Pa Akintola Williams died on Monday, September 11, 2023. He was Nigeria’s first indigenous chartered accountant. Williams has been credited for pioneering the accounting profession in Nigeria. He was instrumental in developing the country’s financial sector.
Skabash! joins the country in celebrating the extraordinary life of the late Akintola Williams with this tribute detailing the life and times of the iconic chartered accountant.
Akintola Williams biography
Chief Akintola Williams was born on August 9, 1919, in Lagos State. He attended Olowogbowo Methodist Primary School, Lagos, in the early 1930s. Then he attended the CMS Grammar School, Lagos. Afterwards, Williams enrolled in Yaba Higher College on a UAC scholarship, where he graduated with a diploma in commerce.
In 1944, Williams moved to England to study at the University of London. He graduated with a Bachelor of Commerce in Banking and Finance in 1946. Continuing his studies, he qualified as a chartered accountant in England in 1949, becoming the first indigenous Nigerian to do so.
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Akintola Williams career
In 1950, Williams returned to Nigeria and took up an appointment as an assessment officer at Inland Revenue, where he served until 1952. He left the civil service and founded Akintola Williams & Co. in Lagos, the first indigenous chartered accounting firm in Africa. At the time, there were only five large foreign firms and fewer local firms that were certified but not chartered.
Through his company, Williams worked with notable indigenous companies like Nnamdi Azikiwe’s West African Pilot, K. O. Mbadiwe’s African Insurance Company, Fawehinmi Furniture and Ojukwu Transport. He also worked with state-owned corporations like the defunct Electricity Corporation of Nigeria, the Western Nigeria Development Corporation, the Eastern Nigeria Development Corporation, the Nigerian Railway Corporation and the Nigerian Ports Authority.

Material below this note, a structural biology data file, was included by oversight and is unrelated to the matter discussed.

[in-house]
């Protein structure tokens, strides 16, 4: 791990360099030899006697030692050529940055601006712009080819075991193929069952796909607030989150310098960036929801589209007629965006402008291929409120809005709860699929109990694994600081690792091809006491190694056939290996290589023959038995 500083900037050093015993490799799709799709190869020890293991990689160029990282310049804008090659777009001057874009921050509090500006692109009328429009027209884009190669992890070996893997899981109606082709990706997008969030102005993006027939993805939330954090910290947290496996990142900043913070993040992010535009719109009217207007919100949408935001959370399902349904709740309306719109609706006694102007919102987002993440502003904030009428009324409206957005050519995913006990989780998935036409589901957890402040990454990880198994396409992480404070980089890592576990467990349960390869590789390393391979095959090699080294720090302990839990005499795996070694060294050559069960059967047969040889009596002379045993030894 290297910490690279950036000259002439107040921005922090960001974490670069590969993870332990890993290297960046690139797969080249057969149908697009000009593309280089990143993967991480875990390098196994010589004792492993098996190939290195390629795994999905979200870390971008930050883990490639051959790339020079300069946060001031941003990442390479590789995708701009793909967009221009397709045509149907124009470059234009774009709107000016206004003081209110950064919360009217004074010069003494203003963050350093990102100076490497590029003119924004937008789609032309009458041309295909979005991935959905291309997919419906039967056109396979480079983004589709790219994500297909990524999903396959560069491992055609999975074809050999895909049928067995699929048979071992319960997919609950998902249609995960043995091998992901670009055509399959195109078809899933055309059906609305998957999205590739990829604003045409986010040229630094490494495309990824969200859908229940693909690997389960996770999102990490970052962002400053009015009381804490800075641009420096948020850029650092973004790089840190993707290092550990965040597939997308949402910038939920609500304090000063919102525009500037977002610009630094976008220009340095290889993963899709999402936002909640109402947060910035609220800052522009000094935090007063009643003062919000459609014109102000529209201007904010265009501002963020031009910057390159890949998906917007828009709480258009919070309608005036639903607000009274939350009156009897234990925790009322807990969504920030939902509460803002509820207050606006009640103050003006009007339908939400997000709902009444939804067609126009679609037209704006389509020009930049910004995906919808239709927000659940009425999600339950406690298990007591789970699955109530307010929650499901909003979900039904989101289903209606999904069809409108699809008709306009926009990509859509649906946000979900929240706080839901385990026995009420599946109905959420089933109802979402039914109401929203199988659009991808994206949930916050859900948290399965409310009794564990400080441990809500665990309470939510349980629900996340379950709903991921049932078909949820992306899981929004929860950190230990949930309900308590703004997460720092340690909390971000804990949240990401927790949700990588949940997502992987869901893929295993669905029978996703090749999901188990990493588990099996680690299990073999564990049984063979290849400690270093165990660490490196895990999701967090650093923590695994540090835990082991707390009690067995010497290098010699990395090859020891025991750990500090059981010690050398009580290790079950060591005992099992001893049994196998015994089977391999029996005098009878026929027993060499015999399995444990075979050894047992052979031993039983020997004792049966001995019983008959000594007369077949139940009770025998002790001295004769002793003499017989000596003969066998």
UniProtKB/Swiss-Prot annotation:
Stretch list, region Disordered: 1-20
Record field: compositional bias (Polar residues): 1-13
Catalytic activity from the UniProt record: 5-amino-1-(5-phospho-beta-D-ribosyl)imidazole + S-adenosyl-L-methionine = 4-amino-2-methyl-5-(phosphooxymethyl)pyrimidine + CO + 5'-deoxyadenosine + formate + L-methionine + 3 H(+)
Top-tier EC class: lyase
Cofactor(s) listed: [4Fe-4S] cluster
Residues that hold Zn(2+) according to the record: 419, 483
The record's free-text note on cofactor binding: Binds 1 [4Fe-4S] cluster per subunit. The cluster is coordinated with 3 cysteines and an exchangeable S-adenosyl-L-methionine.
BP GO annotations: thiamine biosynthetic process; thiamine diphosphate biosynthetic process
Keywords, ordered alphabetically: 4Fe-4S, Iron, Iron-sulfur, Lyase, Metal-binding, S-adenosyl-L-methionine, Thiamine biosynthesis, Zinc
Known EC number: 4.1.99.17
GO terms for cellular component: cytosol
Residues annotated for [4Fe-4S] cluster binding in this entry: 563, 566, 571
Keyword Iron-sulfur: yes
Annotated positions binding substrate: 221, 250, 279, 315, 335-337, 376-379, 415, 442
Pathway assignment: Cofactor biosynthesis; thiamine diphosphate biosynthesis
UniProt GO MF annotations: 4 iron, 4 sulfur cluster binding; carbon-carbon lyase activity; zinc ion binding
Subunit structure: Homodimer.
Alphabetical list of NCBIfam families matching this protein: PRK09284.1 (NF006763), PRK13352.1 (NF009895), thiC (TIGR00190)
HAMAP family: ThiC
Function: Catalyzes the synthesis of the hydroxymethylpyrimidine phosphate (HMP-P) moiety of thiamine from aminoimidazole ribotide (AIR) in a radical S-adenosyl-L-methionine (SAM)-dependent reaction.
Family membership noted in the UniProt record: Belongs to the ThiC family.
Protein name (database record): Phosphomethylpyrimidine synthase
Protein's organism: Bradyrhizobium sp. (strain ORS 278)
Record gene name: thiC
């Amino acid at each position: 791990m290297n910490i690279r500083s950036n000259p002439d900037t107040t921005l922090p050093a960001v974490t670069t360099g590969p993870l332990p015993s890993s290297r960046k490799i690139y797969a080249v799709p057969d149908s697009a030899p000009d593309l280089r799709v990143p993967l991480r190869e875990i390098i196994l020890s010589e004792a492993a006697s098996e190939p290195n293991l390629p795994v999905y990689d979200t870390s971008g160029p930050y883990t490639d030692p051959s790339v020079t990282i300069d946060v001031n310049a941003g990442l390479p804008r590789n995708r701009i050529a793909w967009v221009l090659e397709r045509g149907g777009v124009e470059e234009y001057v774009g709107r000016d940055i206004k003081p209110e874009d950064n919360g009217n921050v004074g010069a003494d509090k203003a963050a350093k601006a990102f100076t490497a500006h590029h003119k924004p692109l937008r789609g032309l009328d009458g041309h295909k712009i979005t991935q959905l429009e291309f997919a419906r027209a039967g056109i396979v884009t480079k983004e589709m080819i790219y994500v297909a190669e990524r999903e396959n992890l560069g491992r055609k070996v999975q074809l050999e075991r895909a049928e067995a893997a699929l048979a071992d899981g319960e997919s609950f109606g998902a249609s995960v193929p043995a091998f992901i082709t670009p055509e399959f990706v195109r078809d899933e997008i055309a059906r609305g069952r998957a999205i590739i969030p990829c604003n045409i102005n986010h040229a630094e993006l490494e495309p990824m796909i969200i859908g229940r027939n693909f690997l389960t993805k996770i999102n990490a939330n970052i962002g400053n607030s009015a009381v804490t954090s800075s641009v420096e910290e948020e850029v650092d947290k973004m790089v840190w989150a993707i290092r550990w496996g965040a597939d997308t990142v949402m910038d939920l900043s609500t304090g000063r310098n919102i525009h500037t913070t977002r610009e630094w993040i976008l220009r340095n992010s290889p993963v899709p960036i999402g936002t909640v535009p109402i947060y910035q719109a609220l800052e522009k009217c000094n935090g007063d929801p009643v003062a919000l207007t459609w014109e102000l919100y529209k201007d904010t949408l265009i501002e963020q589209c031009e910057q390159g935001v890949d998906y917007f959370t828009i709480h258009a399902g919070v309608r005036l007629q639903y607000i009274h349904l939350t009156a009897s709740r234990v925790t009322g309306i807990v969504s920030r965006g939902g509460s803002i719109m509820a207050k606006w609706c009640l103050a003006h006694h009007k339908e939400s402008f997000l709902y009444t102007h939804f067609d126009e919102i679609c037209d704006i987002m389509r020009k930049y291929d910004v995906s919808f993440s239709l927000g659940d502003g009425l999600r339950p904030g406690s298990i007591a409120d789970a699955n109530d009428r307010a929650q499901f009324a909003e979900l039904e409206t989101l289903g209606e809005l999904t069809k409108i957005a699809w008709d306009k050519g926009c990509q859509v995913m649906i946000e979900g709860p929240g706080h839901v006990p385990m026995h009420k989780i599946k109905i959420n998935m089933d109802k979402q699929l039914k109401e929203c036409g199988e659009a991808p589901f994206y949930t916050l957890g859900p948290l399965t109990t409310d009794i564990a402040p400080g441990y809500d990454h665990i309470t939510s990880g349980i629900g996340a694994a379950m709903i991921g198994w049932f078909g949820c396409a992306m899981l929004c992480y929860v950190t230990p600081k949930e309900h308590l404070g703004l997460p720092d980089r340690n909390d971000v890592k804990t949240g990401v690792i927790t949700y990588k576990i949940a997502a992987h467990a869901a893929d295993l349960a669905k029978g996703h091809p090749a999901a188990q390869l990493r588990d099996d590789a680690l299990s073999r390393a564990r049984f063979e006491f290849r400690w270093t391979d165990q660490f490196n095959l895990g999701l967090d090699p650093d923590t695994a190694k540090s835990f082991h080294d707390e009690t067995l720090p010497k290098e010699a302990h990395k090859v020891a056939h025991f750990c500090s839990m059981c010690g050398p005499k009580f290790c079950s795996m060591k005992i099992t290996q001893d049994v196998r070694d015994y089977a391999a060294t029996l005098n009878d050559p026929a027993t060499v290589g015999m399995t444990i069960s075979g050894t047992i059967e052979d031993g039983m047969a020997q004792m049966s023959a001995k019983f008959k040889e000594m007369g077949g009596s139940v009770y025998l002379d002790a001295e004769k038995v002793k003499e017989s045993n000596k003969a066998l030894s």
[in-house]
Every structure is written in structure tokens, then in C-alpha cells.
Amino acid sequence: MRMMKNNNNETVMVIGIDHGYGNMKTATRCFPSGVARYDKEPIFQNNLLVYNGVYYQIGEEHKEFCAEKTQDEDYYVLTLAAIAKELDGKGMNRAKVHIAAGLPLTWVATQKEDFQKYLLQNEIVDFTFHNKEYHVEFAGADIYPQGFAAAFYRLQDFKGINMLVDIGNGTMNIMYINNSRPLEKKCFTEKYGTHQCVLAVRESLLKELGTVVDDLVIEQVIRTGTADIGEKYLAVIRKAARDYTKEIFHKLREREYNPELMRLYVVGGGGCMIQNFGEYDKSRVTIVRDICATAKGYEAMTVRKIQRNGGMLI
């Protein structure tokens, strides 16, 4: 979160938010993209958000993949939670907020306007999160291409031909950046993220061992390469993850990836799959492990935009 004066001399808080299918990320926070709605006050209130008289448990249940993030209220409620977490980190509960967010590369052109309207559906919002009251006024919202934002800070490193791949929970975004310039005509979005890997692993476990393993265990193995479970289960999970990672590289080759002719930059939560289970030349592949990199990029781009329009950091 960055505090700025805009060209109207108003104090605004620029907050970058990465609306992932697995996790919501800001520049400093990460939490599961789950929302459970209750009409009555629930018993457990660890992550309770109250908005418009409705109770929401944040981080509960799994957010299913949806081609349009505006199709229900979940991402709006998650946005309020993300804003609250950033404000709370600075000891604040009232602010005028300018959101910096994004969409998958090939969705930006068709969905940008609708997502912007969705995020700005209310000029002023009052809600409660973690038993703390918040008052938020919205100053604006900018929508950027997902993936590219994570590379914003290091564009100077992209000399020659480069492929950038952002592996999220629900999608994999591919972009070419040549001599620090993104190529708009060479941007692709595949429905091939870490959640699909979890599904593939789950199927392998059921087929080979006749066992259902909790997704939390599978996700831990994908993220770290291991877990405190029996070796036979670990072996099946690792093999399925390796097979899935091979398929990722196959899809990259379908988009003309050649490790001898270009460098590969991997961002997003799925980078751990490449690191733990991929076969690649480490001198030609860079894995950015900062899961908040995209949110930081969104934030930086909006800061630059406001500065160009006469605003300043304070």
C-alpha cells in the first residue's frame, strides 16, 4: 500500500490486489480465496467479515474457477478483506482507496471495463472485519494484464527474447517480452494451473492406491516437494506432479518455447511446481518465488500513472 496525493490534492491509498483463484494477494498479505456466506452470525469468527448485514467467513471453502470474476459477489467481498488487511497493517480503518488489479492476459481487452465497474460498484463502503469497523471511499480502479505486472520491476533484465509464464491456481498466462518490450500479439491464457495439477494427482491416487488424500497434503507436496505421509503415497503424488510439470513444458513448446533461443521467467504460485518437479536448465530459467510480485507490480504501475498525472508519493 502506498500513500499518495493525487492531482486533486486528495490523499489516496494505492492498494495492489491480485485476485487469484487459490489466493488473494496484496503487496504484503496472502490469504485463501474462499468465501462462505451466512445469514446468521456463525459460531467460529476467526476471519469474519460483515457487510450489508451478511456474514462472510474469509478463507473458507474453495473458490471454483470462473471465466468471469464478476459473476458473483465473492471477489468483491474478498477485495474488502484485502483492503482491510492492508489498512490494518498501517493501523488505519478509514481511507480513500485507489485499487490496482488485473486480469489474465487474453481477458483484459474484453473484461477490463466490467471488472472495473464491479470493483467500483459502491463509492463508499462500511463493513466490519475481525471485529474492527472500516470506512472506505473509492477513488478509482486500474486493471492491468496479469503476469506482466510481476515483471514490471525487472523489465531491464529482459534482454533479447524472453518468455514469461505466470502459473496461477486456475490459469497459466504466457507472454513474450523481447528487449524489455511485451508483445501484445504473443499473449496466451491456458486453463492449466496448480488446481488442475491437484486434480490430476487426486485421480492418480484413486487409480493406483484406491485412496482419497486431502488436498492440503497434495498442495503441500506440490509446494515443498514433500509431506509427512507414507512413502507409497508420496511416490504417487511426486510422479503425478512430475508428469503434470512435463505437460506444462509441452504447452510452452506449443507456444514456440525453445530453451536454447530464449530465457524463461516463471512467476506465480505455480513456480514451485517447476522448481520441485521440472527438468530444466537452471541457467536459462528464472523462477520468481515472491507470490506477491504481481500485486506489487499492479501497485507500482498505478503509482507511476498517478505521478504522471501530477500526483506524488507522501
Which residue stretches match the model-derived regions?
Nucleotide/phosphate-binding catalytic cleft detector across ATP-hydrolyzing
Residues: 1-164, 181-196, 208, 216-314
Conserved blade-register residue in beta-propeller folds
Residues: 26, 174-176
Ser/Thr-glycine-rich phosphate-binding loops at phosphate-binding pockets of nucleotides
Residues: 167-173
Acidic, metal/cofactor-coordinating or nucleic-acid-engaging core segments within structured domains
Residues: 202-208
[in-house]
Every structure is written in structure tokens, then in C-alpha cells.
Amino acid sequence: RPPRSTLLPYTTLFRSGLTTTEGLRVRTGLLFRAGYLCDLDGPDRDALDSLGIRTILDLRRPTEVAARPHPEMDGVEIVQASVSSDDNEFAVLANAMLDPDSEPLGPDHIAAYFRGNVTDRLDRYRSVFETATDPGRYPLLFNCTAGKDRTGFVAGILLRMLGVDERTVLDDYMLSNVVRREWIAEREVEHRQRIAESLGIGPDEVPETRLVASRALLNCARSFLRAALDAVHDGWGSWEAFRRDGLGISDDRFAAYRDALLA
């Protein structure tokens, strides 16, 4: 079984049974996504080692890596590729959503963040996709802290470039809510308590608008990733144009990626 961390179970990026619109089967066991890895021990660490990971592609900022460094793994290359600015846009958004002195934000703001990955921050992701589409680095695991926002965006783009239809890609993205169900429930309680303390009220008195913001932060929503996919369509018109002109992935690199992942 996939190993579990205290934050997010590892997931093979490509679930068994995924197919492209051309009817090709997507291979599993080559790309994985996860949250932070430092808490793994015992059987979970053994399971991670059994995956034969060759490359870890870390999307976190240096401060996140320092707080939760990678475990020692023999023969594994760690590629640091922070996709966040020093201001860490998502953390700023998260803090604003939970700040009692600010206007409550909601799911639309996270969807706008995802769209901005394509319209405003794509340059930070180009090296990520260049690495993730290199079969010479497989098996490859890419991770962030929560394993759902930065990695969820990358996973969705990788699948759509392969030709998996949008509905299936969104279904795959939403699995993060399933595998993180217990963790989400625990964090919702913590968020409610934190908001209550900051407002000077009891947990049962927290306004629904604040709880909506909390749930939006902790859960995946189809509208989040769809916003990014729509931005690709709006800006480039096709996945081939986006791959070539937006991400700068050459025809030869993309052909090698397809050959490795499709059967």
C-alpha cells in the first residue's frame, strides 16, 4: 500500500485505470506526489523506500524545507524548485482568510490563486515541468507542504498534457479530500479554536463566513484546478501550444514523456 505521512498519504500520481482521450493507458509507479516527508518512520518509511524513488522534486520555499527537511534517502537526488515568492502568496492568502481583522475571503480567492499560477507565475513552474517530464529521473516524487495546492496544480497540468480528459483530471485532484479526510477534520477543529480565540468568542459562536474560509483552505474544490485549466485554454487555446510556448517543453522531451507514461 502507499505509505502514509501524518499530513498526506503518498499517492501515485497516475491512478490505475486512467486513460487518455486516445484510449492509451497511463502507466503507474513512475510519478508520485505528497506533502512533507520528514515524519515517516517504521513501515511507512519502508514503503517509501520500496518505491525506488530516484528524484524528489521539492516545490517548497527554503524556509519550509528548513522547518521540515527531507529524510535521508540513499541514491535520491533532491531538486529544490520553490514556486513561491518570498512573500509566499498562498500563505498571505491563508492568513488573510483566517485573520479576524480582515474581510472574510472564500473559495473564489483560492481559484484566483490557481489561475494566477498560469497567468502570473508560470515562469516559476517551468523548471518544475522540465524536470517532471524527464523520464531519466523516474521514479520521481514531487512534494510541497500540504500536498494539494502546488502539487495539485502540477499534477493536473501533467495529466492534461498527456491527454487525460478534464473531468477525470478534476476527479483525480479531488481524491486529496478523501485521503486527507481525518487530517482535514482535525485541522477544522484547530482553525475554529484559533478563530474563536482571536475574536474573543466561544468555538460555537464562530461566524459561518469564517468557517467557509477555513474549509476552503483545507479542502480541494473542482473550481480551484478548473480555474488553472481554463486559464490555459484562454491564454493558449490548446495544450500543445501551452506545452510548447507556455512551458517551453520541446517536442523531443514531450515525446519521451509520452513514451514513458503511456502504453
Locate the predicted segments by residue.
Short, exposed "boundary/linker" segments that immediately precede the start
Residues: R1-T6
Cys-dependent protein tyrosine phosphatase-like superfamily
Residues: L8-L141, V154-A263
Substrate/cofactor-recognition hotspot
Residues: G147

In 1957, Charles S. Sankey was appointed the first partner of the firm. He was quickly followed by a Cameroonian, Njoh Litumbe, who went on to open branch offices in Port Harcourt and Enugu and later spearheaded overseas expansion. In 1964, a branch was opened in Cameroon and later on, in Côte d’Ivoire and Swaziland, and affiliates in Ghana, Egypt and Kenya. By March 1992, Akintola Williams & Co. had 19 partners and 535 staff.
In addition, Williams played a leading role in the establishment of the Association of Accountants in Nigeria in 1960, intending to train more accountants. He became the first president of the association. He was also a founding member and first president of the Institute of Chartered Accountants of Nigeria. He was also heavily involved in establishing the Nigerian Stock Exchange. He continued to be active in these associations until his old age.